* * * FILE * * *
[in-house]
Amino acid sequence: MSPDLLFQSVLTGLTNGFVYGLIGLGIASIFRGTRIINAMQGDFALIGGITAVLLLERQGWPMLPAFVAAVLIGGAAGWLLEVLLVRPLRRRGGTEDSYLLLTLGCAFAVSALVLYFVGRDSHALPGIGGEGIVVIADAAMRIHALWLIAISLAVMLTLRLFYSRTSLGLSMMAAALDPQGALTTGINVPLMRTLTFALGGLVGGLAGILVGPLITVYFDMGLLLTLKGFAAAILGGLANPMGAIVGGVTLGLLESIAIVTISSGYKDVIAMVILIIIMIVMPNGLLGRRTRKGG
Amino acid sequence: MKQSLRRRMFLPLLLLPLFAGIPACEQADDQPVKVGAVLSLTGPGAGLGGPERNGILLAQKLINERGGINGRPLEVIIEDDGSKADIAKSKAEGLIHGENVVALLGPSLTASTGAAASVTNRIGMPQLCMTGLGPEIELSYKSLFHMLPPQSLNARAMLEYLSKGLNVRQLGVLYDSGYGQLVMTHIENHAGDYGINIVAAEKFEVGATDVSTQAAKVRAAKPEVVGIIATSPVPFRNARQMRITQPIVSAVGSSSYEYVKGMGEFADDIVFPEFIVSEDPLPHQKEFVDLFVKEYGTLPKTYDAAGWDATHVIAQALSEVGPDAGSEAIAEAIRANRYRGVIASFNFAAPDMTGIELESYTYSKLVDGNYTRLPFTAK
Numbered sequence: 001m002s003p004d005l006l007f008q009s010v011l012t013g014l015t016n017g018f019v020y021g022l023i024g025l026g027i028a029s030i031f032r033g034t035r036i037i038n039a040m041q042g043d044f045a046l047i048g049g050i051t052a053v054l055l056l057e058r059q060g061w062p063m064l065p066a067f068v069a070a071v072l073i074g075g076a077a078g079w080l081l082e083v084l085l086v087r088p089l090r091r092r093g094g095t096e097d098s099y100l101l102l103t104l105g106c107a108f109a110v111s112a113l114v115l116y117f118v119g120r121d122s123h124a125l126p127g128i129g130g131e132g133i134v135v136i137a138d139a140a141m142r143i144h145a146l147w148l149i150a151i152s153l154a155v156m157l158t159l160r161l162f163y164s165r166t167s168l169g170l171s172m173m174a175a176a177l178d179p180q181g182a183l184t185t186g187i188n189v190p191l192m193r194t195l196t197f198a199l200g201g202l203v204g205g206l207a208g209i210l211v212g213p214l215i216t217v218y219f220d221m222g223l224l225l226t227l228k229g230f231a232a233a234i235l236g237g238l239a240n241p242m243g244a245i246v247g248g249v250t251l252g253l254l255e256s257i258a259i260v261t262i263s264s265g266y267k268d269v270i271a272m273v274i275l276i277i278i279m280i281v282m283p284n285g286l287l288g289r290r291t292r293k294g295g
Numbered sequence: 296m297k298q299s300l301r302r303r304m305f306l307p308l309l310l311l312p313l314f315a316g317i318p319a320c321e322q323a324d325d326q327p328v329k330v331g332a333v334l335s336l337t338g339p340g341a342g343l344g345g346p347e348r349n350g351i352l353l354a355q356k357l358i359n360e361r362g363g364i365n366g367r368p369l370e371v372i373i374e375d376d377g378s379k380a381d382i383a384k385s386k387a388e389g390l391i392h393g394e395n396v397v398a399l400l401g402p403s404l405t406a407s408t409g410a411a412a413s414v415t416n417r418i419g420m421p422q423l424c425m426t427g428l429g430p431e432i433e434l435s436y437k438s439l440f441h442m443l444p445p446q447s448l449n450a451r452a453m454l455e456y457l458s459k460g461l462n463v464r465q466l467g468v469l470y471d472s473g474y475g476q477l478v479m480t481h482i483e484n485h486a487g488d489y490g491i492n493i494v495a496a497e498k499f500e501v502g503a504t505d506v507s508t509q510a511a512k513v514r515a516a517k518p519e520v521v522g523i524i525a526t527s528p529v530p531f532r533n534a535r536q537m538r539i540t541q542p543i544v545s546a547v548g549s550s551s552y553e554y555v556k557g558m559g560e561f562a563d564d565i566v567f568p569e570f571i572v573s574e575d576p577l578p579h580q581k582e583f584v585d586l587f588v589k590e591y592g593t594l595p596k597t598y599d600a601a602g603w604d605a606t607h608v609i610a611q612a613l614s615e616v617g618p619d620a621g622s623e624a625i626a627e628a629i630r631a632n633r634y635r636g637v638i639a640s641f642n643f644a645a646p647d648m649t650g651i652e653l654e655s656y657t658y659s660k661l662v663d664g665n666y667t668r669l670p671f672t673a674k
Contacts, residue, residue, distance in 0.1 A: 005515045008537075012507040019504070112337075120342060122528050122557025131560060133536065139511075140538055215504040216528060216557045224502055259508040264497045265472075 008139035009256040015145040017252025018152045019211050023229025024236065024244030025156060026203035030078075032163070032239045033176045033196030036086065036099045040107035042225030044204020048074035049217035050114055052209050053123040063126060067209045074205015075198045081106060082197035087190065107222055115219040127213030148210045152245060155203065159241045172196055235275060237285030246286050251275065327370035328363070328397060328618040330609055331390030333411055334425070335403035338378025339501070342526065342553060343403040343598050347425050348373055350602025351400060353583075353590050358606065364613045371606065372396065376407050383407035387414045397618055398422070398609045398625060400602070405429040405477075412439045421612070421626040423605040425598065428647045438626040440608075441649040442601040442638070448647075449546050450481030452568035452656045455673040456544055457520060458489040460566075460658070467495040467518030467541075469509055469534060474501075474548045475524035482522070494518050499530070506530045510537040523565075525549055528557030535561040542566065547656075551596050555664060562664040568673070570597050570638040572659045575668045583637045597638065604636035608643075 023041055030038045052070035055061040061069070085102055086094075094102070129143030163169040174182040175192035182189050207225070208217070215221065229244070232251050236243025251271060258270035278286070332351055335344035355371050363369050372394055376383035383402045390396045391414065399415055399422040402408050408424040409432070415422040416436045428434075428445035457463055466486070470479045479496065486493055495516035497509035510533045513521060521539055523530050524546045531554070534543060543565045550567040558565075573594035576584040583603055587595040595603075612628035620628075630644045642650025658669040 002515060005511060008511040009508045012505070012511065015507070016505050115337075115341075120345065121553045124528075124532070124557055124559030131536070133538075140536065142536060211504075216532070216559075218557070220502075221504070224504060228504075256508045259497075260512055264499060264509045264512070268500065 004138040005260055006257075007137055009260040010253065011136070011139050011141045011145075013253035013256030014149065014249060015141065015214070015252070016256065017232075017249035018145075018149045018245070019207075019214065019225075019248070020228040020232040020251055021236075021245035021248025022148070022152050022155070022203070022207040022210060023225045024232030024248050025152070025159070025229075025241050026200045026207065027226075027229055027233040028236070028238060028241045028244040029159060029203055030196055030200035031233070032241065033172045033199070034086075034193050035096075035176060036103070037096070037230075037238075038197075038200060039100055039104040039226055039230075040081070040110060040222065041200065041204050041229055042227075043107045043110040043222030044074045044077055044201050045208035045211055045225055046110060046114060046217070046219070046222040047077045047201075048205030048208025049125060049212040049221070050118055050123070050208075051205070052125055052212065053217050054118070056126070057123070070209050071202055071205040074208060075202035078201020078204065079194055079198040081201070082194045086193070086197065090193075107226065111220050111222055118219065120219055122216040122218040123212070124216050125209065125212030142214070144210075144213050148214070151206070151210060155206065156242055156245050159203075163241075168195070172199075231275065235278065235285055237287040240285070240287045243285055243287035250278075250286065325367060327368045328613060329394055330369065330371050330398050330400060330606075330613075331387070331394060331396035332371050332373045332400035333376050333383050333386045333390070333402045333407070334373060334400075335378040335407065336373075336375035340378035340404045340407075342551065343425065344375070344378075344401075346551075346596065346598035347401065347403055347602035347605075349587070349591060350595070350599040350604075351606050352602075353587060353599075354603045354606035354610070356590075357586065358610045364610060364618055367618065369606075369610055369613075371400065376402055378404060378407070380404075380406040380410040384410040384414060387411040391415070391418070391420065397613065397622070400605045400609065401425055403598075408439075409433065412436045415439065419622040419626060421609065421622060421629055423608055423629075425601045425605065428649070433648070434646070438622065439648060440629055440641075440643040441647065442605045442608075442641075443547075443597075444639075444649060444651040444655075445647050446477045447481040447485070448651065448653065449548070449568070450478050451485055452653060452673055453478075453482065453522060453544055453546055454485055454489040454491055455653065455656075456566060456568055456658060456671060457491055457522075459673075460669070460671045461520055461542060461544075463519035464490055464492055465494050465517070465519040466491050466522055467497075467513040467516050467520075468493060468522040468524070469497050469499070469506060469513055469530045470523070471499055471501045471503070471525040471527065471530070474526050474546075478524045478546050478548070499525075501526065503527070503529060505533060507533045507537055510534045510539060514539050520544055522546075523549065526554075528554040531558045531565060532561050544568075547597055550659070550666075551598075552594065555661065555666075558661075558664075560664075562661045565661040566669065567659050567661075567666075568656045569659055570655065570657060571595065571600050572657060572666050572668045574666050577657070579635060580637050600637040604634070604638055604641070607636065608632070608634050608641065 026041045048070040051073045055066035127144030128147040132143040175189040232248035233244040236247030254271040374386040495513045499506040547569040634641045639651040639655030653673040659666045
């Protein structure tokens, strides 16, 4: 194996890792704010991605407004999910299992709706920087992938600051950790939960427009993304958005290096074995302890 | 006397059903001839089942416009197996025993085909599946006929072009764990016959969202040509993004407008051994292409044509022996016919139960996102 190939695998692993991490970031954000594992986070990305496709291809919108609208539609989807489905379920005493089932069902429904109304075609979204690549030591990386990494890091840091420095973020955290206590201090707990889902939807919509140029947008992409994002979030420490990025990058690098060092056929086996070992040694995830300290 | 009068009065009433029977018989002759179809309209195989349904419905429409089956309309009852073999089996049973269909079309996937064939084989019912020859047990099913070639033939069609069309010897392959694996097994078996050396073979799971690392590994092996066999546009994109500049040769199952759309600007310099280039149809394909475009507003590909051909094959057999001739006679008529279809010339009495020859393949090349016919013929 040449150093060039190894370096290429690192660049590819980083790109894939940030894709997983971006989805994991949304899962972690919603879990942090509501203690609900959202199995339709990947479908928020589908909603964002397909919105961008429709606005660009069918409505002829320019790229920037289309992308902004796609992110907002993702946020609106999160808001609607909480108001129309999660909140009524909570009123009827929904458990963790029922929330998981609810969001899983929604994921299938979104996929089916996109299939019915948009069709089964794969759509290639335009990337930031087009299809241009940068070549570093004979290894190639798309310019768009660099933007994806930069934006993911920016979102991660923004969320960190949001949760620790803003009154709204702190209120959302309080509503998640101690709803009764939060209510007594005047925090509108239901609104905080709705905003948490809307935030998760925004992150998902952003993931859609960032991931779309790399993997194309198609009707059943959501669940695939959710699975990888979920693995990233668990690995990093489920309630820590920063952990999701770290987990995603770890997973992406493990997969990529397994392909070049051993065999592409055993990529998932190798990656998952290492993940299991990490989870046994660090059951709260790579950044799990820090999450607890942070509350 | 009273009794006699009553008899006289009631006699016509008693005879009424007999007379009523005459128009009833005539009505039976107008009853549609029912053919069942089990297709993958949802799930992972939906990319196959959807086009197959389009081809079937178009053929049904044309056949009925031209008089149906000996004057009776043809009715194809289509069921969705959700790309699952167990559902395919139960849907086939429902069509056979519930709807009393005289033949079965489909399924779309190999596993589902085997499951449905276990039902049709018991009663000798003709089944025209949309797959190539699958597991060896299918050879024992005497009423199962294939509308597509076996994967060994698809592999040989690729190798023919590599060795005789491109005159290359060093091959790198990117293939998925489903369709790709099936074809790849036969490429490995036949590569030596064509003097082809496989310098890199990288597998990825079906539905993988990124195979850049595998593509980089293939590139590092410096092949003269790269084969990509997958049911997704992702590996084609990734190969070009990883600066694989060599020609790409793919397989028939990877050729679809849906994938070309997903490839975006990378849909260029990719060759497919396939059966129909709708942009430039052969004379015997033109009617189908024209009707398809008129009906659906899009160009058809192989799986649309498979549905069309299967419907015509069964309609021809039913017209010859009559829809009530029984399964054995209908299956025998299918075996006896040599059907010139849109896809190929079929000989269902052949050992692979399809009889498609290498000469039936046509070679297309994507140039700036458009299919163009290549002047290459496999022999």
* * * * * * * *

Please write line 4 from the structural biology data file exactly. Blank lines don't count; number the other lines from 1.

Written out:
Numbered sequence: 001m002s003p004d005l006l007f008q009s010v011l012t013g014l015t016n017g018f019v020y021g022l023i024g025l026g027i028a029s030i031f032r033g034t035r036i037i038n039a040m041q042g043d044f045a046l047i048g049g050i051t052a053v054l055l056l057e058r059q060g061w062p063m064l065p066a067f068v069a070a071v072l073i074g075g076a077a078g079w080l081l082e083v084l085l086v087r088p089l090r091r092r093g094g095t096e097d098s099y100l101l102l103t104l105g106c107a108f109a110v111s112a113l114v115l116y117f118v119g120r121d122s123h124a125l126p127g128i129g130g131e132g133i134v135v136i137a138d139a140a141m142r143i144h145a146l147w148l149i150a151i152s153l154a155v156m157l158t159l160r161l162f163y164s165r166t167s168l169g170l171s172m173m174a175a176a177l178d179p180q181g182a183l184t185t186g187i188n189v190p191l192m193r194t195l196t197f198a199l200g201g202l203v204g205g206l207a208g209i210l211v212g213p214l215i216t217v218y219f220d221m222g223l224l225l226t227l228k229g230f231a232a233a234i235l236g237g238l239a240n241p242m243g244a245i246v247g248g249v250t251l252g253l254l255e256s257i258a259i260v261t262i263s264s265g266y267k268d269v270i271a272m273v274i275l276i277i278i279m280i281v282m283p284n285g286l287l288g289r290r291t292r293k294g295g